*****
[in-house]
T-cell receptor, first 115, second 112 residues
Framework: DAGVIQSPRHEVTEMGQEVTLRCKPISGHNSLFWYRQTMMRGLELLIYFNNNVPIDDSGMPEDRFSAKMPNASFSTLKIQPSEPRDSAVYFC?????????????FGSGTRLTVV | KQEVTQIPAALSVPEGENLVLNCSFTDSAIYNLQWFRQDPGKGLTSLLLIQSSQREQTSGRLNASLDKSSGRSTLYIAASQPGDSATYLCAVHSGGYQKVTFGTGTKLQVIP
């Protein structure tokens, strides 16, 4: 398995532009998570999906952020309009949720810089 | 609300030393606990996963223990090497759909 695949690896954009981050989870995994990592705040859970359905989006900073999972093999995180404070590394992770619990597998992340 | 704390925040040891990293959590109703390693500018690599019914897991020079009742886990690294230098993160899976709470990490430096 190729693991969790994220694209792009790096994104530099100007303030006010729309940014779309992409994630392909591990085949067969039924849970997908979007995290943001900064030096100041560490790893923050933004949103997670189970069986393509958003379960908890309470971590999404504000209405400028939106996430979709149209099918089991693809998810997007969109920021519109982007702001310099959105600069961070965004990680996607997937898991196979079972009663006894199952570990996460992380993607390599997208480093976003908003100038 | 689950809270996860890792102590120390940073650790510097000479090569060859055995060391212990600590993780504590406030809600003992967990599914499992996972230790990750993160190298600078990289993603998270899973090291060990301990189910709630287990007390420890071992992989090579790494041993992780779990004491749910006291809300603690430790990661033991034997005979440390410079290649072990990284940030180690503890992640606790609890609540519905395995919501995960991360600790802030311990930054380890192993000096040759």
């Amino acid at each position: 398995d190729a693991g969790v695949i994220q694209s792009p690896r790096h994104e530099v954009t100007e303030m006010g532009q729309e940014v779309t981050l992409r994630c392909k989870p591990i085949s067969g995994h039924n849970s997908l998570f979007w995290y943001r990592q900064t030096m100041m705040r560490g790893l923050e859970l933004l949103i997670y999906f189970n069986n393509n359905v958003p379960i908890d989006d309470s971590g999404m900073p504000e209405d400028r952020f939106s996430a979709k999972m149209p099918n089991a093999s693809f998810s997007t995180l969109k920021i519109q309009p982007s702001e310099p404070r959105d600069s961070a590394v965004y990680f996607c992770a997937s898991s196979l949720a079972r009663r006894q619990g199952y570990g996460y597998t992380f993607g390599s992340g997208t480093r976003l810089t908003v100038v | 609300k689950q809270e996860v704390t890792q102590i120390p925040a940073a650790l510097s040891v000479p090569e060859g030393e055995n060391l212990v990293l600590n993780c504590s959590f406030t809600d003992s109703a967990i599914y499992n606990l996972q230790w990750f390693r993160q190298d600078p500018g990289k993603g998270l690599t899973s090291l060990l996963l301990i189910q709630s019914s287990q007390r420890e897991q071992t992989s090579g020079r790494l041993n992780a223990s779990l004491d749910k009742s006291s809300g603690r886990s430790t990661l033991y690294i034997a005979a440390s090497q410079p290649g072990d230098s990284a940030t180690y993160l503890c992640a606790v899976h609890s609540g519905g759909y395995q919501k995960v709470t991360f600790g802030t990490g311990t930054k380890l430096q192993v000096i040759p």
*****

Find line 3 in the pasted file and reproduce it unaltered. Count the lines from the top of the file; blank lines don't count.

Framework: DAGVIQSPRHEVTEMGQEVTLRCKPISGHNSLFWYRQTMMRGLELLIYFNNNVPIDDSGMPEDRFSAKMPNASFSTLKIQPSEPRDSAVYFC?????????????FGSGTRLTVV | KQEVTQIPAALSVPEGENLVLNCSFTDSAIYNLQWFRQDPGKGLTSLLLIQSSQREQTSGRLNASLDKSSGRSTLYIAASQPGDSATYLCAVHSGGYQKVTFGTGTKLQVIP